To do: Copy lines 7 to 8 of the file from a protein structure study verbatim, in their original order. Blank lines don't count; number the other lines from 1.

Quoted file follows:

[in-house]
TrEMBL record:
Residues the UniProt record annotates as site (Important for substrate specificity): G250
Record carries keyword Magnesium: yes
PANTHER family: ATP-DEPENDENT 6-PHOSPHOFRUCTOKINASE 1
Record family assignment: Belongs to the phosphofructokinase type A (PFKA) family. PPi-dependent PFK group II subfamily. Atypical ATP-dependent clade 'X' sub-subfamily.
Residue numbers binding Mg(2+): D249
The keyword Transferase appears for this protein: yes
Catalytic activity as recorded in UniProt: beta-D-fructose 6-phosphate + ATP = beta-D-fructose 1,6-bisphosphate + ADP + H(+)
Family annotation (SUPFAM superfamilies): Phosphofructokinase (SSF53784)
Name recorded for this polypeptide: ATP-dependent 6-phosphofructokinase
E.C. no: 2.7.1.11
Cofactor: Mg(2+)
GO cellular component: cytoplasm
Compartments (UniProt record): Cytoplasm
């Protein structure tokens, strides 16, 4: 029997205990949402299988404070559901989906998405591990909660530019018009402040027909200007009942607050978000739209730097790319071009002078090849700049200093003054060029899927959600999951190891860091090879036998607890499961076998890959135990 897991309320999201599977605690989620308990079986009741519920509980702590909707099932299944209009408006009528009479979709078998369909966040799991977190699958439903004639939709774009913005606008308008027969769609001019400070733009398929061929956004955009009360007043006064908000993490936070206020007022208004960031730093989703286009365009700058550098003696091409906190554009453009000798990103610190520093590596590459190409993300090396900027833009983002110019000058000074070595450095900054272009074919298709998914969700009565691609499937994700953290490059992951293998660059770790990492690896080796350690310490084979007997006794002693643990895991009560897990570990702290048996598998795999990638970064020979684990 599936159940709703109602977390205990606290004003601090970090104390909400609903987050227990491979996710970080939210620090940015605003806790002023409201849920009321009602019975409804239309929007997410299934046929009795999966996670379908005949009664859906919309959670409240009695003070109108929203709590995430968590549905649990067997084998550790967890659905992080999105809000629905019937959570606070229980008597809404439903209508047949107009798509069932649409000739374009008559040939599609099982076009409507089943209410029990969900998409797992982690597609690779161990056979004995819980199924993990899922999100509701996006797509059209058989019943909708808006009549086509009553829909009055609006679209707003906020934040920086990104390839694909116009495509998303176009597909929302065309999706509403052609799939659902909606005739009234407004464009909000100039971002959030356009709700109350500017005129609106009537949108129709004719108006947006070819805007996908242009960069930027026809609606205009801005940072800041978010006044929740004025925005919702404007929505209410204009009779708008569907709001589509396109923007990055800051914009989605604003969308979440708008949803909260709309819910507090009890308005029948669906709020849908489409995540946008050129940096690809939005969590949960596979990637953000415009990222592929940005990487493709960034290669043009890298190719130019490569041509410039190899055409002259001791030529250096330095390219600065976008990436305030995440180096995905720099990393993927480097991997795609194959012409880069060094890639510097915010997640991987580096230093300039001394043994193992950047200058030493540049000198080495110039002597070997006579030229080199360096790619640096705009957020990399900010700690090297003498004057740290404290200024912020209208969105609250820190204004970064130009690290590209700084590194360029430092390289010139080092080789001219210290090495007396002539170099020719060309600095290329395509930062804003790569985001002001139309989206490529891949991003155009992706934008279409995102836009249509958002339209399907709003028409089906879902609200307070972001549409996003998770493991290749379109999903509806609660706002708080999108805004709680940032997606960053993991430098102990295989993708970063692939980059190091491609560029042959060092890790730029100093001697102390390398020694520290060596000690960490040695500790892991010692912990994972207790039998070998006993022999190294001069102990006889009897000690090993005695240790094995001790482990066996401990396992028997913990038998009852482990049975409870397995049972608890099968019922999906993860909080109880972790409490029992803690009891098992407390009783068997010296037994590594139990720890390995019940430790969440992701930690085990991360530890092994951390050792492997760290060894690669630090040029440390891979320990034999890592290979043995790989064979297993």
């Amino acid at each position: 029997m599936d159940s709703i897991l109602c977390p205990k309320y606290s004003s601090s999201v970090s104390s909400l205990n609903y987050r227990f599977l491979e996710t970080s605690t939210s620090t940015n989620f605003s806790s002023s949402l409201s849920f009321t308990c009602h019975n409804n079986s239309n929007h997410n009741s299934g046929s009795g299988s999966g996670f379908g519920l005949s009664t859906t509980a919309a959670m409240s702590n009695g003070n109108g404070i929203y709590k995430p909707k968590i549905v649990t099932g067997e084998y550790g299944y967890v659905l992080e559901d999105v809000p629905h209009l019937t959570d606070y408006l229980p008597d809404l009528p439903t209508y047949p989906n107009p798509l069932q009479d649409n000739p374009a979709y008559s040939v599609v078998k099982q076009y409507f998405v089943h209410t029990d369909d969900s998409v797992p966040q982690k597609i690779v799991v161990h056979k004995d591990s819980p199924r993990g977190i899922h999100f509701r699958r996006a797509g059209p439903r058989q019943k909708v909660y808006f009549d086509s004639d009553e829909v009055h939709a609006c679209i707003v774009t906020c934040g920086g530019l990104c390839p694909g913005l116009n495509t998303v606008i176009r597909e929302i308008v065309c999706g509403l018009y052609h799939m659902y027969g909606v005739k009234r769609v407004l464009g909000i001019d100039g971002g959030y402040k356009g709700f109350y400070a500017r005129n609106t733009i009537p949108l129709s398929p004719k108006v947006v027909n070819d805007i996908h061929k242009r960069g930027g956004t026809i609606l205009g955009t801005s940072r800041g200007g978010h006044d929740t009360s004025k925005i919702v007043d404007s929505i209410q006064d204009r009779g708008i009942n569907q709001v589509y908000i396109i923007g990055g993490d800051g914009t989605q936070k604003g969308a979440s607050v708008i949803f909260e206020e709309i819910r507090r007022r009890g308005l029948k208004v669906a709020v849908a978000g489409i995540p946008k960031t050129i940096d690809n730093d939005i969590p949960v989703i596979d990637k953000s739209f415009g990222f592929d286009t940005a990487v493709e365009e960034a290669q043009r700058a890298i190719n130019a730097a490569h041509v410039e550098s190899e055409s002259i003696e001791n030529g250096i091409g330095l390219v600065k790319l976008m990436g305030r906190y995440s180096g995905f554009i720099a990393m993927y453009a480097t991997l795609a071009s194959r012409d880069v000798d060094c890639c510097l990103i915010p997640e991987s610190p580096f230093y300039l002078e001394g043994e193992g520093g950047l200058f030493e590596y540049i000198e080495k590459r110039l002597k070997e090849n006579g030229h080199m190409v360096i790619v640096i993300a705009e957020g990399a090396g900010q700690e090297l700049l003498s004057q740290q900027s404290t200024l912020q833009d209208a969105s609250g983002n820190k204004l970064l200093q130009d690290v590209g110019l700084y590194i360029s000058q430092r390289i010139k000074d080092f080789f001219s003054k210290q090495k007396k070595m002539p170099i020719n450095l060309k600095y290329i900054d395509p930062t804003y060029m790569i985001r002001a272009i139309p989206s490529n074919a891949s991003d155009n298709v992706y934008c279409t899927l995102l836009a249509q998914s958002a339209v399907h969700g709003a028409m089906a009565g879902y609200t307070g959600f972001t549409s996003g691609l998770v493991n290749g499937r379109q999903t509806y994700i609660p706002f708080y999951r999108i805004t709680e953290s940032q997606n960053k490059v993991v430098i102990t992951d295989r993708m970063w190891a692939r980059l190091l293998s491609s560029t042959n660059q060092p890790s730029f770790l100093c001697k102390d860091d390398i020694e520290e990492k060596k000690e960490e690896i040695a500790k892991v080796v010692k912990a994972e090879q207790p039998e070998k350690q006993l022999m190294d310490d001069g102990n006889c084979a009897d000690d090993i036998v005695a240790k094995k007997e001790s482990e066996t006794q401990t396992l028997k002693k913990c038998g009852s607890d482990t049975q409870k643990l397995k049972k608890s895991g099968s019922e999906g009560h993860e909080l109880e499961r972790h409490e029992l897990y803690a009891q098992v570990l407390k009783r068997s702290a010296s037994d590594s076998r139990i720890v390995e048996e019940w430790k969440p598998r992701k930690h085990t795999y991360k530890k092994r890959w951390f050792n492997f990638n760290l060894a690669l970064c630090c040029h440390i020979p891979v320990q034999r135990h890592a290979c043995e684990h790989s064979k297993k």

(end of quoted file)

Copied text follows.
Residue numbers binding Mg(2+): D249
The keyword Transferase appears for this protein: yes